In the United States, registered apprenticeships last between one and six years, with an average of four years. The requirements for completing an apprenticeship may be time-based, competency-based, or a hybrid of the two. Apprenticeships typically include 2,000 hours of on-the-job learning and a minimum of 144 hours of classroom-based instruction each year. The classroom-based instruction is often conducted at local community or technical colleges or other vocational schools. Unlike internships, in which individuals work for little or no money and rarely receive formal training, apprenticeships follow an “earn-while-you-learn” model. They are real jobs with extensive on-the-job and classroom-based training and wages that go up as skills are mastered.

Apprenticeships are run by employers, employer associations, and labor-management organizations. The costs of apprenticeships are usually borne almost entirely by their sponsors, who pay for an apprentice’s wages, all on-the-job training costs, and often much of the tuition for their classroom instruction. In the case of joint labor-management programs, both groups make significant investments: Each year, building trades unions and their partner contractors invest more than $1 billion in apprentice and journey-level training, tens of millions of dollars more in construction training plants and equipment, and $10 billion in apprentice wages and benefits.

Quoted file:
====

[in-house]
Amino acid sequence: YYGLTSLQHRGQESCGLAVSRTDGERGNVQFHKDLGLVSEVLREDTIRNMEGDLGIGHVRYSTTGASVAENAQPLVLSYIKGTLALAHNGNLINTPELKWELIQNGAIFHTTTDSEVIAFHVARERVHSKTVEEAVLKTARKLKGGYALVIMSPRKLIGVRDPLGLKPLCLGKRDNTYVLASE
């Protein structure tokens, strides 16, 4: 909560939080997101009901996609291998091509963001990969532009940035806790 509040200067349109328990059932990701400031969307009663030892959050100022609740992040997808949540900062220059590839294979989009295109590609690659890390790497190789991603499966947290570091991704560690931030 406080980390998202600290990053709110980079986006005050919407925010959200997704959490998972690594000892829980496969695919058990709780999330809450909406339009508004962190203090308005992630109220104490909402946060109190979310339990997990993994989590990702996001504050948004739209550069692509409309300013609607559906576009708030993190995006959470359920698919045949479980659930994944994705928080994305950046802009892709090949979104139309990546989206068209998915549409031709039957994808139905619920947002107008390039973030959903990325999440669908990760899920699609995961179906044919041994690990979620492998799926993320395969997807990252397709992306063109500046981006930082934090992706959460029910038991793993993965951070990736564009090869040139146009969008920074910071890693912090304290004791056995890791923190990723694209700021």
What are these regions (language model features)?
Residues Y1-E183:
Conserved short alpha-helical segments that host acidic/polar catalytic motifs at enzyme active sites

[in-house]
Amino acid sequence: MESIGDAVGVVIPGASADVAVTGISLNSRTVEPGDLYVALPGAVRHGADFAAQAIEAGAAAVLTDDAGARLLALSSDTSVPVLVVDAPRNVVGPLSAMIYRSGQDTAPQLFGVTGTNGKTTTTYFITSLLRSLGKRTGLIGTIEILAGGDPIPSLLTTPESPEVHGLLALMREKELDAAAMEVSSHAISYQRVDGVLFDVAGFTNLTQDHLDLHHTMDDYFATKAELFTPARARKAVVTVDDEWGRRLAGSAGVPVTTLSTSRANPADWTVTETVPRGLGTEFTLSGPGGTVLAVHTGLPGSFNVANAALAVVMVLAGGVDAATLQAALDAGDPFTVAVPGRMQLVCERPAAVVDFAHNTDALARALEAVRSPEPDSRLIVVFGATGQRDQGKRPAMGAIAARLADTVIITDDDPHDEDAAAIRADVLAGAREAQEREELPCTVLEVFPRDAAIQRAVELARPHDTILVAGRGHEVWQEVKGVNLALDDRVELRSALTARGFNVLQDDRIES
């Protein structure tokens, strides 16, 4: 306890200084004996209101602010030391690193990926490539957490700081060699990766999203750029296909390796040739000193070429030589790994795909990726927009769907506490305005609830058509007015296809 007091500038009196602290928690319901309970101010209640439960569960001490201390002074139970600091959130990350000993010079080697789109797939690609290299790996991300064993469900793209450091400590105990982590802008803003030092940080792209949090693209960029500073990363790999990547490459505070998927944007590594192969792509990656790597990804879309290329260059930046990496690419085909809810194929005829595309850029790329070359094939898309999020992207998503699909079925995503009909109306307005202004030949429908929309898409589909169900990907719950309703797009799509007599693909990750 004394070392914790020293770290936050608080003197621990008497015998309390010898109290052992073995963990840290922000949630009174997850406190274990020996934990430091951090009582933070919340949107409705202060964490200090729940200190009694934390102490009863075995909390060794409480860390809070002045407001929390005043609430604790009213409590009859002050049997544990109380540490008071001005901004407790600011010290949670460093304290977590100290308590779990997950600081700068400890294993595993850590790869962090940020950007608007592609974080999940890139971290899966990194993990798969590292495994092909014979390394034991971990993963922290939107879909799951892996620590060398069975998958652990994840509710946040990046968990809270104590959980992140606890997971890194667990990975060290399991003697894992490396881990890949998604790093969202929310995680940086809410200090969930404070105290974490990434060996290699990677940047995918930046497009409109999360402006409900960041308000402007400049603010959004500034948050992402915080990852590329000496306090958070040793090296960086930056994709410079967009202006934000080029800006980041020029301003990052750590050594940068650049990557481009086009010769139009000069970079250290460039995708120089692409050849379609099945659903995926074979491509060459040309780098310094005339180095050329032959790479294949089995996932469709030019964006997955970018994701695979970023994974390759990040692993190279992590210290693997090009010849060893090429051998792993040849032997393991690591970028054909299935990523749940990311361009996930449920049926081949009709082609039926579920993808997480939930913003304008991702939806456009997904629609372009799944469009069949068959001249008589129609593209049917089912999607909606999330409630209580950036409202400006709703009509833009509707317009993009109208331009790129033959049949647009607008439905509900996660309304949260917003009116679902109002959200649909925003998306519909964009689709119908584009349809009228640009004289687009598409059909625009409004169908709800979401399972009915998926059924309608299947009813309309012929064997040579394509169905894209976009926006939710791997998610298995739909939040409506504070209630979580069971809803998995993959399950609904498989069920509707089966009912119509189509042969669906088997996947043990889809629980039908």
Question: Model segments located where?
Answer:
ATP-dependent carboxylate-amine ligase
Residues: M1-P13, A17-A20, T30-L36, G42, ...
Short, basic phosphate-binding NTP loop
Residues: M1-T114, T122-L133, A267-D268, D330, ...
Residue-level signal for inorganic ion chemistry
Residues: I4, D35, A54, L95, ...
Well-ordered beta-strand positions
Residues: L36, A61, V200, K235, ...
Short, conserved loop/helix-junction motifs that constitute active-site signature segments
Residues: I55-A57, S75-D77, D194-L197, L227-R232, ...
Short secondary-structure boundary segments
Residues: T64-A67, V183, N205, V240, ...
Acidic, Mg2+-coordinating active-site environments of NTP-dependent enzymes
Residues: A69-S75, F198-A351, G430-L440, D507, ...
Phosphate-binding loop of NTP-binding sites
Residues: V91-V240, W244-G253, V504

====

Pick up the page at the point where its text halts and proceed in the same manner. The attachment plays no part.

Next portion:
In exchange for this investment, employers receive a pipeline of skilled workers steeped in the culture of their firms and who exhibit strong loyalty to their sponsors. In a number of states, employers may also qualify for tax breaks or other subsidies. A number of federal workforce funding streams may also be applied toward the costs of an apprenticeship.

Expanding the U.S. apprenticeship system would help strengthen our economy, as research shows that the United States is not producing enough skilled workers to meet our future economic needs. By 2020, America is projected to experience a shortage of 3 million workers with associate’s degrees or higher and 5 million workers with technical certificates and credentials. Compounding our inadequate workforce development system, research shows that employers are now spending less on training than they have in the past. At the same time, industry surveys show that a lack of qualified workers is a top concern for many employers.

Apprenticeships can help meet the demand from businesses, while offering workers higher wages and better employment outcomes. Evidence on the effectiveness and return on investment for apprenticeships is strong—they are overwhelmingly recommended by employers and lead to significant increases in lifetime earnings and benefits of up to $300,000 for workers.